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RIP, Sir John Templeton
Old 07-08-2008, 01:04 PM   #1
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RIP, Sir John Templeton

John Templeton, pioneer of global investment funds, dies at 95
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Old 07-08-2008, 01:17 PM   #2
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One of the good guys - so long John.

heh heh heh -
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Old 07-08-2008, 03:15 PM   #3
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I enjoyed his commentary over the years. I agree, he was one of the good guys.
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Old 07-08-2008, 05:35 PM   #4
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One of the true gentlemen investors.

I still get a kick of Jim Rogers once telling on CNBC (early 90's) that Sir John needed religion with some of the past historical investments he had bought on the cheap. I thought, "now that's a value investor".

I read the book "The Templeton Touch" years back and Sir John was a true LBYM guy. IIRC in the book, he and his DW had the goal of saving 50% of their paychecks and bought used furniture when starting out.

He still has family around here which is very close to where Sir John was born. IIRC his great niece has a hedge fund she runs here in town.

RIP Sir John,

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Old 07-08-2008, 05:56 PM   #5
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In early 2000, at the height of the dot.com mania, although he was no longer an active manager of any fund, Templeton sold short a bunch and made $80M for himself. I guessed he didn't care for the money, but just couldn't stand it. Only if I knew what he was doing then, in order to mimic on a smaller scale ...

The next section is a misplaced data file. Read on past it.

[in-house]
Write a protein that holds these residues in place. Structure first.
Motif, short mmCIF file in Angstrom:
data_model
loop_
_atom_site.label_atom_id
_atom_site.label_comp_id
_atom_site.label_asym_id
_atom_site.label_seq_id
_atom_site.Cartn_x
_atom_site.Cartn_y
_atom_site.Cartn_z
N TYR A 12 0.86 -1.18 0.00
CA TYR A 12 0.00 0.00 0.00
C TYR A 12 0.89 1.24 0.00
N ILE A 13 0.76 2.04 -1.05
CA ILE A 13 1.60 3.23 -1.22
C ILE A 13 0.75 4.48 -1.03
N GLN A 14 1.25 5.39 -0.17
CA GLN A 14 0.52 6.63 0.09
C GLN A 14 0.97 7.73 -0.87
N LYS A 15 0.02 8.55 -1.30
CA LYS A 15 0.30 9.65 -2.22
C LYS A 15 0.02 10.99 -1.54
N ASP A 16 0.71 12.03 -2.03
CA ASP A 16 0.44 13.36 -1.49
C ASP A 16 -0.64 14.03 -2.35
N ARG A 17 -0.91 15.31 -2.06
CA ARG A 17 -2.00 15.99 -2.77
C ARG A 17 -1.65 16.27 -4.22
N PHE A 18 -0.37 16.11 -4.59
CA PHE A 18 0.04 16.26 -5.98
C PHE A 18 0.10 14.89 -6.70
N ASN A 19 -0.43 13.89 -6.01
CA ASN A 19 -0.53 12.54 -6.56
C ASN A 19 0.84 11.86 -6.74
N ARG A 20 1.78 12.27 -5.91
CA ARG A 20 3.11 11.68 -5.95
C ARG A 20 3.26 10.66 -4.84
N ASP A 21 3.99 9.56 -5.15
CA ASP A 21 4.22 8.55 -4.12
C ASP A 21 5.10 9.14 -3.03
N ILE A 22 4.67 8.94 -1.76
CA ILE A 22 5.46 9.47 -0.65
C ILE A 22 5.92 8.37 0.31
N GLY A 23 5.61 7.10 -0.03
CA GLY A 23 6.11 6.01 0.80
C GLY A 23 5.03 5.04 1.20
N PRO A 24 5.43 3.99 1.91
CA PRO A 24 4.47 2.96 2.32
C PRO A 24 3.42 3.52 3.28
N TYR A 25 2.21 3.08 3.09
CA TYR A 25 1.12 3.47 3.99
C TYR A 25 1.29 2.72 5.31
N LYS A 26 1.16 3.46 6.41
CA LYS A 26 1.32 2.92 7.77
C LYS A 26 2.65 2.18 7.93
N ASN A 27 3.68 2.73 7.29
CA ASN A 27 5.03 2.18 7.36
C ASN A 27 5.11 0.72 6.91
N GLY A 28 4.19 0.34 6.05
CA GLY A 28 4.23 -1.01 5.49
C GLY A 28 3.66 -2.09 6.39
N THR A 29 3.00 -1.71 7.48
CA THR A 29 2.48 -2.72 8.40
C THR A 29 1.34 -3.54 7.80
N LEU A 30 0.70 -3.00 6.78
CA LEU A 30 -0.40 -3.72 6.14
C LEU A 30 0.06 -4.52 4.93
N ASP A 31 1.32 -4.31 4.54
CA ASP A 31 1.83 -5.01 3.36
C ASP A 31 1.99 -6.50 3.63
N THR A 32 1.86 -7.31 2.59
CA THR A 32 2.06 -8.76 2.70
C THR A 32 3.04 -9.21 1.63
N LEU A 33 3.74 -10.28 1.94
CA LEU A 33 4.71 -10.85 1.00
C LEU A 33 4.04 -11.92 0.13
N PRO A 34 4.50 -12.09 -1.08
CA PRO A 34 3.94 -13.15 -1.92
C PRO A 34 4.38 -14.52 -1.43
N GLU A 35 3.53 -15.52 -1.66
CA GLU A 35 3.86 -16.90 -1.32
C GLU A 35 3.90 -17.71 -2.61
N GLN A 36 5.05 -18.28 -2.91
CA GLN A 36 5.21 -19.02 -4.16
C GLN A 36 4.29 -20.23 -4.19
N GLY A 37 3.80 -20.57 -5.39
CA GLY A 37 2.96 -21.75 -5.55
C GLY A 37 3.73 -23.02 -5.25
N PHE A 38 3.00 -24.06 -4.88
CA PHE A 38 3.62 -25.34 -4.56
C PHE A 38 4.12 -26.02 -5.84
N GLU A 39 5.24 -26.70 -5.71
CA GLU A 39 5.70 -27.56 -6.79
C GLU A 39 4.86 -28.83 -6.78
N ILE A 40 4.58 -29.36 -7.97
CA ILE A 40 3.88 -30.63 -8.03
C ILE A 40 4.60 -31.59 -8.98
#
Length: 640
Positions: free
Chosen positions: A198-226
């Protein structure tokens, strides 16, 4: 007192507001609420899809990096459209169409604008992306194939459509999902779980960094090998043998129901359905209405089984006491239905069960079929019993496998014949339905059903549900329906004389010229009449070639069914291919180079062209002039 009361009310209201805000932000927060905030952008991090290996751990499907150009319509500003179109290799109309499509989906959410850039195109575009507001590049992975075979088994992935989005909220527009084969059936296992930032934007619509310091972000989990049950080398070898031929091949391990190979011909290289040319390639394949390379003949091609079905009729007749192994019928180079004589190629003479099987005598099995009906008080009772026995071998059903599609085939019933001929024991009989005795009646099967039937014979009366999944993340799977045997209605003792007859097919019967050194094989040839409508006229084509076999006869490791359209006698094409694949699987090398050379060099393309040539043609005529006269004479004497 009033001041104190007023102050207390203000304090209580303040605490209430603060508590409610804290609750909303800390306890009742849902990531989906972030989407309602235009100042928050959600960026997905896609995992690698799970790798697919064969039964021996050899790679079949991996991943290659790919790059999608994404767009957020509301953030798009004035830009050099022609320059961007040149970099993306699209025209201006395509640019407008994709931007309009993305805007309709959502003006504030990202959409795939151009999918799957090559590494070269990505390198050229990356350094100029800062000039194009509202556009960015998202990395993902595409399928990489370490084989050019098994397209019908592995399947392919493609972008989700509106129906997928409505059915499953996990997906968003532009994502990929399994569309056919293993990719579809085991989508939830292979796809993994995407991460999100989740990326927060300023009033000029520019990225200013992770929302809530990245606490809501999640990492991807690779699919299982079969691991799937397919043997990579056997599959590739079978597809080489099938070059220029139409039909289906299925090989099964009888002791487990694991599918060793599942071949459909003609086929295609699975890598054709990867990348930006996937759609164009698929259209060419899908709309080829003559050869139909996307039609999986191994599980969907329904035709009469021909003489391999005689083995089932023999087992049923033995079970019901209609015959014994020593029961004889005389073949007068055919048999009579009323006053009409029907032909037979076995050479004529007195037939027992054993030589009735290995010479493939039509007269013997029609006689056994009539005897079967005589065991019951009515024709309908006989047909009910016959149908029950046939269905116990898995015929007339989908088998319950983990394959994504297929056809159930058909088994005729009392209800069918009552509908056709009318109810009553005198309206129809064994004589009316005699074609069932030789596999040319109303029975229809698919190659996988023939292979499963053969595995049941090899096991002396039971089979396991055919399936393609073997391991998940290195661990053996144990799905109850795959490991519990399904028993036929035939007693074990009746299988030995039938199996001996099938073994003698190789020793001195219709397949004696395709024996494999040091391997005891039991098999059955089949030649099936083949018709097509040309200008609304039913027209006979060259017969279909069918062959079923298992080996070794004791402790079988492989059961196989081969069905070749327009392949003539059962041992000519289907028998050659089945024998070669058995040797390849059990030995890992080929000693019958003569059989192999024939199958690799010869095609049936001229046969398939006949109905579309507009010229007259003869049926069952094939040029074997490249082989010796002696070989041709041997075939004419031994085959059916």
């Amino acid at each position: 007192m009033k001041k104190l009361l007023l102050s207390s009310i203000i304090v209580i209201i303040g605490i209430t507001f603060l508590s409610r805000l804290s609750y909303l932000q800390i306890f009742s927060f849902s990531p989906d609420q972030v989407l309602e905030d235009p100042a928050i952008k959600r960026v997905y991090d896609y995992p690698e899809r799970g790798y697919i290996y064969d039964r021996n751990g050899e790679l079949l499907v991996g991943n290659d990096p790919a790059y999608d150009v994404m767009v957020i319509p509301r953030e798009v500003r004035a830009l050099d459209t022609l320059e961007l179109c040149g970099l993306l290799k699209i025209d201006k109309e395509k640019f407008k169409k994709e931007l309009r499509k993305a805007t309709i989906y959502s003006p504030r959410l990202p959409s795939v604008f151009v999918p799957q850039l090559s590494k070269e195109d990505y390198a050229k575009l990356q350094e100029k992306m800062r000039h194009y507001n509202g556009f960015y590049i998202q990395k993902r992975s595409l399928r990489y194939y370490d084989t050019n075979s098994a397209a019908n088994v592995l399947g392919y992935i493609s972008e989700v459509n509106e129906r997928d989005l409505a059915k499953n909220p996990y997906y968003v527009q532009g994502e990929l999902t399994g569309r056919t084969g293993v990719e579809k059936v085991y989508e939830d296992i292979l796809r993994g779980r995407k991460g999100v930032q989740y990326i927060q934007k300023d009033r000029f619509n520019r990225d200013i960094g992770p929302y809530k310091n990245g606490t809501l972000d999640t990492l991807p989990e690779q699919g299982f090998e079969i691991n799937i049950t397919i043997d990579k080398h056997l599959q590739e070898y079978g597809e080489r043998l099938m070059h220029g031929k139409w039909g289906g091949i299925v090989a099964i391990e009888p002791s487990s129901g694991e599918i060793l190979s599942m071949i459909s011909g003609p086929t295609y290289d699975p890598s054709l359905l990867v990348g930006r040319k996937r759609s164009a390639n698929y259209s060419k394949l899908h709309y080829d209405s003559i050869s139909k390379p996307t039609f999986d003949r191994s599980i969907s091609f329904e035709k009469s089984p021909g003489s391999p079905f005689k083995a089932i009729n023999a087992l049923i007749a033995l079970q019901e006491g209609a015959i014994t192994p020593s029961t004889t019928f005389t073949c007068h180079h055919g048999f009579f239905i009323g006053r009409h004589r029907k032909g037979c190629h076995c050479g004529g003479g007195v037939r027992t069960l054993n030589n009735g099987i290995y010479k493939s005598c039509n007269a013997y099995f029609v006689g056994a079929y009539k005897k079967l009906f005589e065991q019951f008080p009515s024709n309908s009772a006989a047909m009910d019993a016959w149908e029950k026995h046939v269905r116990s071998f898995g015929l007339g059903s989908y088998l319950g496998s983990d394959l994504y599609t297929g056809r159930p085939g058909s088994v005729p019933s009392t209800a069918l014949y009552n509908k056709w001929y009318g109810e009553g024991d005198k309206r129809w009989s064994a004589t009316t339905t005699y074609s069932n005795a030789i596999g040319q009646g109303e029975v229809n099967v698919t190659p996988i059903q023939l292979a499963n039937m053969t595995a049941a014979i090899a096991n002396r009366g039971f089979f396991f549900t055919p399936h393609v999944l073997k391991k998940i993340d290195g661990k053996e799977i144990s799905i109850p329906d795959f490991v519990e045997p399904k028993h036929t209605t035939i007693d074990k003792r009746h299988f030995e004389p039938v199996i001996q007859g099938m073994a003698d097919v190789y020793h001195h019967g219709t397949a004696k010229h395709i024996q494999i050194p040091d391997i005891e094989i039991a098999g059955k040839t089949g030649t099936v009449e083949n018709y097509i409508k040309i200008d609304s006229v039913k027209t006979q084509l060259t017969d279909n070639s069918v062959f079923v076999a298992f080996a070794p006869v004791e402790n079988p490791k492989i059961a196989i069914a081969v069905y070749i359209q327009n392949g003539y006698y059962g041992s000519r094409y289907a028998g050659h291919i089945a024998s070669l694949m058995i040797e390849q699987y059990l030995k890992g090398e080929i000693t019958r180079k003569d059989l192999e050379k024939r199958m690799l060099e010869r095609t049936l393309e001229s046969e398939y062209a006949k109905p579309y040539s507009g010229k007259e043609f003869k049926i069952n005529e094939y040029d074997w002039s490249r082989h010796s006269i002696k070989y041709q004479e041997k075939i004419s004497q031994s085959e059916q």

Then, 1-2 years ago I read a interview with Templeton. When asked of his value investing style, looking to buy low/sell high, he jested "I want to help people; when they want to sell I am the buyer, and if they want to buy I will sell to them". I got a kick out of that, remembering him shorting dotcoms. He was willing to help people to the extent of selling what he didn't have.

I saw him a few times on Rukeyser, a diminutive and pleasant gentleman. Ah, what stock would Sir John buy today?
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No respect
Old 07-08-2008, 06:34 PM   #6
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No respect

"One of the good guys - so long John."

I consider someone who renounced his citizenship in the United States because he didn't want to pay his taxes, as John Templeton did, not worthy of my respect. And he shouldn't be worthy of yours either.

It was this country that made his original wealth possible. He also has a huge tax free foundation from which he dispensed, free of cost to him, favors and influence.

I would have closed that down a long time ago.

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Old 07-08-2008, 06:51 PM   #7